Published: 09/03/2016 17:02 - Updated: 10/03/2016 10:31

Spotlight on young talent at Eden Court

Highland Youth Orchestra are just one of eight youth groups performing at Eden Court on Saturday.
Highland Youth Orchestra are just one of eight youth groups performing at Eden Court on Saturday.

INVERNESS’S Eden Court theatre will be taken over by north youngsters this Saturday, March 12, for a day devoted to new musical talent.

The festival will host over 300 young musicians taking part in the Highland regional youth group’s annual concerts festival.

Eight youth groups will take part, performing in a variety of styles from classical to ceilidh, by way of jazz and pop.

"We take it a little for granted, but it’s certainly unique. Nobody else does quite what we do, and having just had a rehearsal, the standard is just mindblowing," Highland Council music development officer Norman Bolton said.

The festival will open with a performance of Schubert’s Unfinished Symphony by Highland Regional Youth Orchestra under the baton of conductor Chris George, at 2.30pm.

This opening performance will be followed by performances by Highland Youth Choir, traditional music from ‘snas and Còisir G, and continues into the evening with a percussion ensemble at 6pm followed by Highland Youth Pipe Band, Highland Youth String Orchestra and Highland Youth Big Band.

The festival will end with a set from the Highland Youth Wind Band, who are also competing in the final of the Scottish Concert Band Festival in Perth Concert Hall on Sunday March 20.

The eight Highland Regional Music Groups are organised and run by Highland Council as an extension to the work of its instrumental tuition service. Membership for all groups is by invitation after an audition day held in May each year and some of the musicians are also members of national instrumental ensembles.

"That’s something unique as well, the range of options for the kids to be involved in at this really high level and we don’t seem to have a problem filling the spaces we have available," Bolton added.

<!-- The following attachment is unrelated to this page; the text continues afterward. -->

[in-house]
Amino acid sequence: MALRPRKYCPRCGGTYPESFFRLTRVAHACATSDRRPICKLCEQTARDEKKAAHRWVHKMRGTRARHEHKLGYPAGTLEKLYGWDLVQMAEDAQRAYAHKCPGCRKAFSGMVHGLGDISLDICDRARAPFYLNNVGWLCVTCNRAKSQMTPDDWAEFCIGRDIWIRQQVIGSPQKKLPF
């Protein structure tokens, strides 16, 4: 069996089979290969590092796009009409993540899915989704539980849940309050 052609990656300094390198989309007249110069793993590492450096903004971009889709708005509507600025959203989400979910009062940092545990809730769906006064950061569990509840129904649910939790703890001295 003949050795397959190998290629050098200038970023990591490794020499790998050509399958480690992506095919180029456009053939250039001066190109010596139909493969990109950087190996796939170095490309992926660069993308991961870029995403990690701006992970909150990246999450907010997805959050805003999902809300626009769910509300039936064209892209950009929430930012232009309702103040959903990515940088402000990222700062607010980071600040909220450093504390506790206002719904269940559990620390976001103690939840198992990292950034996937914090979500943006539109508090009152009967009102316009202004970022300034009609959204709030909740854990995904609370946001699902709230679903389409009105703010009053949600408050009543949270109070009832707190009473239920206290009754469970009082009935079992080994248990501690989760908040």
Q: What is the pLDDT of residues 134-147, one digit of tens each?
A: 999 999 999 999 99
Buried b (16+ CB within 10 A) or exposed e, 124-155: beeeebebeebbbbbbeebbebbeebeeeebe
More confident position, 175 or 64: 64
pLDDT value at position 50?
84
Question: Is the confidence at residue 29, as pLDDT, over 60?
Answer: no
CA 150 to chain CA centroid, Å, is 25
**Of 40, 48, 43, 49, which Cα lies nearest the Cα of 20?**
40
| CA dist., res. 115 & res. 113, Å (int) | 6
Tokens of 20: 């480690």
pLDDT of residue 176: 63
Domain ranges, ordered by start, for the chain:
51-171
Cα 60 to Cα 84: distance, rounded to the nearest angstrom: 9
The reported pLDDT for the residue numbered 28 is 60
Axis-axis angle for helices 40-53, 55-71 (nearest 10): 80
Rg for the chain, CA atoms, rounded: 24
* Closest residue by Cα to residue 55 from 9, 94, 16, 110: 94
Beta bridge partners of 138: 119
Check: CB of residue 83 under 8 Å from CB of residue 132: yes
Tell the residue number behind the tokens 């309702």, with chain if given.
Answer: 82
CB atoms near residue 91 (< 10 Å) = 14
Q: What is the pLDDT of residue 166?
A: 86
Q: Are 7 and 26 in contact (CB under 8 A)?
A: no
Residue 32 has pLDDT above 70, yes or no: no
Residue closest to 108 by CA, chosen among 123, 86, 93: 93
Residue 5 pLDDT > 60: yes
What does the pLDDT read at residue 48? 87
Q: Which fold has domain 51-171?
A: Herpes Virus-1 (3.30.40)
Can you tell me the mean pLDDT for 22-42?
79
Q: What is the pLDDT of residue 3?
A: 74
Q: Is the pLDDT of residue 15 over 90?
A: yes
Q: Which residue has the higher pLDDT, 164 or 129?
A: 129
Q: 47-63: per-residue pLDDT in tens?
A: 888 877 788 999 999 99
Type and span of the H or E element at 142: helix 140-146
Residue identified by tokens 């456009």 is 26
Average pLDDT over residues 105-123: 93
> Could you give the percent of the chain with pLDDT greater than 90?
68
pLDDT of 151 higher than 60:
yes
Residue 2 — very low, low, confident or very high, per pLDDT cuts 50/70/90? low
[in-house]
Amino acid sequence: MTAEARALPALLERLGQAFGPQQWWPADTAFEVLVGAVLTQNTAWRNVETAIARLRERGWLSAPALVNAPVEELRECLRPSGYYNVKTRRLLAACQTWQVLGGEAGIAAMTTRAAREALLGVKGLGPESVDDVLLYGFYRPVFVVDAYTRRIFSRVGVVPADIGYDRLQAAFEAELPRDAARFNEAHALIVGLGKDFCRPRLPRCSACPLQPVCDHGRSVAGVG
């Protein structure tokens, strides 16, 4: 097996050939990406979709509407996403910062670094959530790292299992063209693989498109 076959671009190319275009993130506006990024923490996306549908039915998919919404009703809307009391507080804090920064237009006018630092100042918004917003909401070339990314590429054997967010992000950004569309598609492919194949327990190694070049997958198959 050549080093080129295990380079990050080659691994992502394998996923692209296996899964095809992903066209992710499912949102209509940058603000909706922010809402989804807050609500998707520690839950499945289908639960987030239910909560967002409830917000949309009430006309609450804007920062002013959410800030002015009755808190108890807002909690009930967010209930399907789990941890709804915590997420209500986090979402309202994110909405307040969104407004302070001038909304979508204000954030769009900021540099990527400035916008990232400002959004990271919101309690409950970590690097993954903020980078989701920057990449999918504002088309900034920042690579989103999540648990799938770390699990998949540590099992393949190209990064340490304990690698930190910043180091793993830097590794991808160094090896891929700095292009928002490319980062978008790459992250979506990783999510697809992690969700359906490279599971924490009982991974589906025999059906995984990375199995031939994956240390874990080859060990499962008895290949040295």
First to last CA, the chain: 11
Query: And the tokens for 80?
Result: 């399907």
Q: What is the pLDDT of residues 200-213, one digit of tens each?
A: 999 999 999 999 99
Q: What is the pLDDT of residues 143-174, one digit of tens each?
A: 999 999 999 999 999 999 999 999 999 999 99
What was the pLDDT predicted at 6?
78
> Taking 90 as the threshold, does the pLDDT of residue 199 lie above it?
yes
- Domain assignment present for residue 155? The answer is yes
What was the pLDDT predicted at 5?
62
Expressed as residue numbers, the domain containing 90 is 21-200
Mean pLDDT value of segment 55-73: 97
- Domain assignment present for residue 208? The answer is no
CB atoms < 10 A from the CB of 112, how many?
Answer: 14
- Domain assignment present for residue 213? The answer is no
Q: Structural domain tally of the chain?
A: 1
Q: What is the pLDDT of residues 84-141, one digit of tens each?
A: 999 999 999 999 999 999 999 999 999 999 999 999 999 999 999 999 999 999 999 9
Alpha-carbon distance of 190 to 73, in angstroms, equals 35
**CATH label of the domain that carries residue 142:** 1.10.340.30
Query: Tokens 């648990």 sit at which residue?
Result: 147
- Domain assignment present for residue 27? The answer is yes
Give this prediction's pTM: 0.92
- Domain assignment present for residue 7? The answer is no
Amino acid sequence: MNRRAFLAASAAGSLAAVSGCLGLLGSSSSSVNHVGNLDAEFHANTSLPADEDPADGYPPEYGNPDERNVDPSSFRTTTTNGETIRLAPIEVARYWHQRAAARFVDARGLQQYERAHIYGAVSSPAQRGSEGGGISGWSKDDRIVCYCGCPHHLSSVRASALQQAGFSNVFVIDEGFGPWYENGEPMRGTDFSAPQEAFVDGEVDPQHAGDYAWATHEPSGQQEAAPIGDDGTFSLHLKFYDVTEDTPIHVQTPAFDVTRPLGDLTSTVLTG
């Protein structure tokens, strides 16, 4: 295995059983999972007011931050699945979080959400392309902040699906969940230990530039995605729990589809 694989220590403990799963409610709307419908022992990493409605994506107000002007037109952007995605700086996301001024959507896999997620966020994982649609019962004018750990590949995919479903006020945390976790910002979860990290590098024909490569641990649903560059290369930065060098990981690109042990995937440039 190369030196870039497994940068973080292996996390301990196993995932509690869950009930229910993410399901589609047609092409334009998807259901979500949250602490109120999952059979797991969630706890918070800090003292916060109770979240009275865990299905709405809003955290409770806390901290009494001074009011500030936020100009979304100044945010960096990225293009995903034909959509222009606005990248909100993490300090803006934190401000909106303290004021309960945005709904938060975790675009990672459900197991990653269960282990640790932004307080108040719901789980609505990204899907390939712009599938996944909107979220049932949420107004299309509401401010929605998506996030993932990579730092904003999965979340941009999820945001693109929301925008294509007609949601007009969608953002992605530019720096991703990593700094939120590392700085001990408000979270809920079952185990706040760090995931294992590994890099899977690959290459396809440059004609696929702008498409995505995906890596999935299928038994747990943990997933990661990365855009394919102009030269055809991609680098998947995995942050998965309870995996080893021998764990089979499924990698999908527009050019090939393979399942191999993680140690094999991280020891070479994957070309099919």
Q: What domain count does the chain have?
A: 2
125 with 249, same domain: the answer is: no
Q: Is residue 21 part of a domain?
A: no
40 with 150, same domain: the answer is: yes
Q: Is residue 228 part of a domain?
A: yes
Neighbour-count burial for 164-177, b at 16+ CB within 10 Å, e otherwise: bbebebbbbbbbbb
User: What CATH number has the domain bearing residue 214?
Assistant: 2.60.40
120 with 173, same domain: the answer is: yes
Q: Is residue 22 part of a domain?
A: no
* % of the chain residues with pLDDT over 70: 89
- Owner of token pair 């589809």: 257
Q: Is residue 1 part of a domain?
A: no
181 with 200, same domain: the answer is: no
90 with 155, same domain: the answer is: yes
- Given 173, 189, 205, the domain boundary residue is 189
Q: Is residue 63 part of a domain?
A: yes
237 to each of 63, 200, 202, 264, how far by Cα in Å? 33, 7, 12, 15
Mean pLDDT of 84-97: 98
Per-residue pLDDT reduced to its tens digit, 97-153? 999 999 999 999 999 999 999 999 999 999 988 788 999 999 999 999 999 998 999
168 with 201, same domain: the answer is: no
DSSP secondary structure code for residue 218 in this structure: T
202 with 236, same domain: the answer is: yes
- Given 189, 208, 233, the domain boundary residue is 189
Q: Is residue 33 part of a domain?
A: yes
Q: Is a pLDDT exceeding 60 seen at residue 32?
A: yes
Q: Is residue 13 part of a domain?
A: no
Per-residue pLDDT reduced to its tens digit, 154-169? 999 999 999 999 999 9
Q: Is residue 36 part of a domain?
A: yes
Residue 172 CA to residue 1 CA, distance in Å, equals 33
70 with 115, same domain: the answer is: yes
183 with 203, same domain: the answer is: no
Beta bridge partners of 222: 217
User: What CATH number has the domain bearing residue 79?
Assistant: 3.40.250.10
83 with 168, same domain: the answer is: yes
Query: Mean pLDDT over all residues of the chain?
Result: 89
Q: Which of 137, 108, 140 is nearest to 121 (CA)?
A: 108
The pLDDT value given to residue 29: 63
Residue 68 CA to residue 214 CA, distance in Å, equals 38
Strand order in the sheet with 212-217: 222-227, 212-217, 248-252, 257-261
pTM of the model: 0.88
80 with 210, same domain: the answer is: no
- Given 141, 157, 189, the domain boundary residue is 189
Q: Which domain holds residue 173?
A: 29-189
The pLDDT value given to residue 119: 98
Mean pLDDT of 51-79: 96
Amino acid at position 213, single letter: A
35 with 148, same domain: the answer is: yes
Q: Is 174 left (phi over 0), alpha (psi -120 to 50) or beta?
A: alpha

"Numbers, even across the whole instrumental tuition service before they get to this level are pretty stable, which is all good.

"We have special guests this time, just to add a bit of variety, including a group from Culloden Academy called the Rolling Drones. They are a band I heard by chance when I was up at the school and they all happen to be members of other young musicians’ groups, and the pipe band have some special guest dancers to work alongside them, so it is a really variety of styles and genres."

The concert is the highlight of the year for the young performers, and as well as friends and relations of the performers, attracts other music lovers who know they will be entertained to a high standard.

After that, Bolton and his colleagues can start planning for next year.

"We are changing the rehearsal schedule and so forth, but we are still very lucky that we can go ahead with this activity, which is good in so many ways, not just the music, but on social an intellectual level as well," he said.

• Festival entry, costs £10 for 18 years and over and £5 for children. This allows ticket holders to come and go throughout the day. Bookings can be made via Eden Court’s box office.

More information about all of the groups can be found at

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